GLS Companies -- Getting Into the Fold
by chris bauer
The new rule of thumb for commercial printers is to cast a net well beyond what is thought of as traditional printing. This is where the growth areas—and profit potentials—linger.
Minneapolis-based GLS Companies has taken this rule to heart. In fact, it has expanded into so many markets that it changed its name. A year ago, the company morphed from General Litho Services to GLS Companies to avoid pigeon-holing itself as solely an ink-on-paper provider. The company has expanded into value-added areas such as creative services, digital printing, mailing, distribution and, most recently, package printing and converting—all big changes since getting its start in 1984.
|Mike Farr, vice president of manufacturing (left), and Gary Garner, president and CEO of GLS Companies, are ready to tackle the packaging market with the help of their new Bobst Fuego 110 A-2 CS folder/gluer.|
"We try to be all things to all people—our tagline is 'Integrated Communication Solutions,'" notes Gary Garner, president and CEO.
"In addition to conventional printing capabilities, we offer both black-and-white and color digital and laser printing with database management for variable data personalization. Now we've moved into packaging. The variety of services that GLS can produce under one roof is a major selling point to our diverse customer base," Garner adds.
He contends that many print buyers are looking for more services from a smaller group of suppliers—which GLS can provide."Historically we've seen others try to specialize and focus on a certain niche, try to be the best at it, and grab that market," Garner recounts. "We're more of a generalist, trying to do everything we can for our customers."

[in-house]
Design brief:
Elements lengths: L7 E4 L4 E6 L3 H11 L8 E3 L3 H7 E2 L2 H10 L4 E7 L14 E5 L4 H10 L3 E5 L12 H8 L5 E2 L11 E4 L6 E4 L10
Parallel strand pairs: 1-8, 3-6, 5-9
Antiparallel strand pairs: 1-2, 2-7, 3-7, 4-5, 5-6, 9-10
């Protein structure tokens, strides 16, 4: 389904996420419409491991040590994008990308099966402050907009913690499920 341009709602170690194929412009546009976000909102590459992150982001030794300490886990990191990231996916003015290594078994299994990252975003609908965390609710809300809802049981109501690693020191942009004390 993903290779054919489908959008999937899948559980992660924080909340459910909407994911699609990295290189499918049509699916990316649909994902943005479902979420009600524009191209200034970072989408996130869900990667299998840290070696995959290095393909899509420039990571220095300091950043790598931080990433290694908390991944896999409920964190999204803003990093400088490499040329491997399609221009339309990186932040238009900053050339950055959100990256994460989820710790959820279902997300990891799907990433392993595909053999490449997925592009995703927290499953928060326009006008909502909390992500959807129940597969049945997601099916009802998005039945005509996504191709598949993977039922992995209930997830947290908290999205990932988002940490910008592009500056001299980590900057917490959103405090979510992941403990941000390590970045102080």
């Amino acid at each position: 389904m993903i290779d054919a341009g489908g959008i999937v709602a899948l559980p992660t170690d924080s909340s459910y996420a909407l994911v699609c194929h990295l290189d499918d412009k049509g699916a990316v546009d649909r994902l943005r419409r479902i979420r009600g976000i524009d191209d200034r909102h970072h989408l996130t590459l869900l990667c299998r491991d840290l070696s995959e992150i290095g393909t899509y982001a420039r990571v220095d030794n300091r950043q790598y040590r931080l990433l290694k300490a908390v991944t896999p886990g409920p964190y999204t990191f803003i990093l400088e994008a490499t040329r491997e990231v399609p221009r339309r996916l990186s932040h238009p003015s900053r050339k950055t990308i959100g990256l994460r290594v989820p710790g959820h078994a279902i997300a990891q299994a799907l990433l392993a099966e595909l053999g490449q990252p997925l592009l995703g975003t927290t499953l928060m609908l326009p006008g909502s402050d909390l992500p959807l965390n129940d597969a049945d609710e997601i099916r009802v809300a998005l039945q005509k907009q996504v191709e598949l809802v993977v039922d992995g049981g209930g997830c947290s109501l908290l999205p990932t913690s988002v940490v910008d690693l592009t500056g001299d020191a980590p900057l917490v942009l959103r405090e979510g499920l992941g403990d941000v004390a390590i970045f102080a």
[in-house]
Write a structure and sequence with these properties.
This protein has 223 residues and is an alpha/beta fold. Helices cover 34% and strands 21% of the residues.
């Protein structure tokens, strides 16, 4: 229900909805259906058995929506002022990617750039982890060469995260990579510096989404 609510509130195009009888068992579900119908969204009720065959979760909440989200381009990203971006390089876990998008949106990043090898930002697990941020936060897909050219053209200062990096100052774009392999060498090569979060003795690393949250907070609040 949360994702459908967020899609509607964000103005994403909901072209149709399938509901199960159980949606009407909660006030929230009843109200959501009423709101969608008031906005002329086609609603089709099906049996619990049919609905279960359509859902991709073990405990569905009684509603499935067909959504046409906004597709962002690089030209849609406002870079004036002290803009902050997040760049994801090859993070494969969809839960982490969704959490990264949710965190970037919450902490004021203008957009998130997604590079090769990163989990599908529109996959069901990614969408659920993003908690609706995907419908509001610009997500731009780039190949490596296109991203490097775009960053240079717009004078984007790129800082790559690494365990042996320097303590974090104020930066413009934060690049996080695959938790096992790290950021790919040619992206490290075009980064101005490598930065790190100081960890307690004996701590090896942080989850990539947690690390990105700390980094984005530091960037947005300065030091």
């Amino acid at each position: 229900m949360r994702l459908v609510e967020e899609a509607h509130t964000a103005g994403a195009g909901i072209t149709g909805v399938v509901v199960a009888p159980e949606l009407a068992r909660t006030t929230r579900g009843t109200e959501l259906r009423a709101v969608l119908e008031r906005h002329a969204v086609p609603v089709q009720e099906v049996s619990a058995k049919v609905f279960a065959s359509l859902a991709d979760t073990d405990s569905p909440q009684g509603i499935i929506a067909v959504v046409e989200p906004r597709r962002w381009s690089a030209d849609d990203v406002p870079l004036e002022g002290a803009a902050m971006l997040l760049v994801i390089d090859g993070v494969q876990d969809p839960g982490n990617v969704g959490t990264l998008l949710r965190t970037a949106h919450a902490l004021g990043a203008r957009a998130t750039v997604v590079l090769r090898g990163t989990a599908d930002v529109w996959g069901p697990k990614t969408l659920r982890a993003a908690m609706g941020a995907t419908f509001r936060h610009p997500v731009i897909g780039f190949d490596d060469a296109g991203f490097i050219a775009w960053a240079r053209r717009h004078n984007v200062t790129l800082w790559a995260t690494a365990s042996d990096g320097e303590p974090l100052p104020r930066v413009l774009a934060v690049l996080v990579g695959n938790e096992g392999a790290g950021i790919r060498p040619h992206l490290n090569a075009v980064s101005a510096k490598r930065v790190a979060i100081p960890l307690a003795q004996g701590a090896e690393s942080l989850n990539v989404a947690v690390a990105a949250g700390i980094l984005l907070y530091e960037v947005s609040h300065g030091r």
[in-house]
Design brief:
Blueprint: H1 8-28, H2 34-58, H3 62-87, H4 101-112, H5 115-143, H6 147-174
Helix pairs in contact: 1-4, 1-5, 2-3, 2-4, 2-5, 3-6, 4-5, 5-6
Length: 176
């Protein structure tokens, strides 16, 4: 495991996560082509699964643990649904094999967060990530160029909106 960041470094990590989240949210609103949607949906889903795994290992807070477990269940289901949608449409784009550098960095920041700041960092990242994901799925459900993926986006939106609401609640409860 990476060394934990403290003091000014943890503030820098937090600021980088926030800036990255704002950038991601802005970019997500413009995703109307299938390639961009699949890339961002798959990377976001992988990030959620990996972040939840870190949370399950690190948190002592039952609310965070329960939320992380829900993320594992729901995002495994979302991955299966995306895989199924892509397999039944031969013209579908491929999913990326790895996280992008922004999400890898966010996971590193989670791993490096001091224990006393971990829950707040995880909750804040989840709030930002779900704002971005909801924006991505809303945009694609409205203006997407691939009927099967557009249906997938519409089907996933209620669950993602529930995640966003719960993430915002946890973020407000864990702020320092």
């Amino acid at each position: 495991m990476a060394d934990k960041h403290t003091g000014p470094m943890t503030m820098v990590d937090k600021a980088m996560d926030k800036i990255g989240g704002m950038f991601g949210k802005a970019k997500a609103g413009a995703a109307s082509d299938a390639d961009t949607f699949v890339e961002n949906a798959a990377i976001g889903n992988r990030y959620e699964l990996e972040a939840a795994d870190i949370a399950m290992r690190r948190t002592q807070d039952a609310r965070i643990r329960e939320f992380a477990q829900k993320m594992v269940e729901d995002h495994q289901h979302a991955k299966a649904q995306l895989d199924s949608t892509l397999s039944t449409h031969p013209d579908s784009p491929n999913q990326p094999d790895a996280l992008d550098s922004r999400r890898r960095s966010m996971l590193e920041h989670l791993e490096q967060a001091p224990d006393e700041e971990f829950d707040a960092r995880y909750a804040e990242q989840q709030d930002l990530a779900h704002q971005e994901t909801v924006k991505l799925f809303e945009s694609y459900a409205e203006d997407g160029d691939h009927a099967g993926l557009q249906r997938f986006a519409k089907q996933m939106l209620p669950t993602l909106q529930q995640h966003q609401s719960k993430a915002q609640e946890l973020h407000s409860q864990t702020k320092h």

By the Numbers
GLS boasts 215 full-time employees with a variable number of seasonal, temporary workers, mostly in the lettershop and fulfillment parts of the operation. The company currently fills 118,000 square feet of space, although a new expansion, currently under way, calls for an additional 43,000 square feet in the manufacturing area, for a total facility size of 161,000 square feet.
Mailing is an important part of the GLS success story. And, as with most things at GLS, the move into mailing and distribution came as a result of trying to better serve its clientele.
"The Twin Cities is an interesting market, and I believe the fourth or fifth largest market for printing in the United States," Garner says. "Printing and its allied industries is the second largest employer in Minnesota, and 70 percent of what we print ships out of state—so printing is truly big business here."
There are many large printers in the Minneapolis area. The company knew that in order to grow they needed to expand into the national market. "The big barrier to going national has always been freight. By using the Postal Service as a delivery vehicle we knew we could compete anywhere in the country," recalls Garner.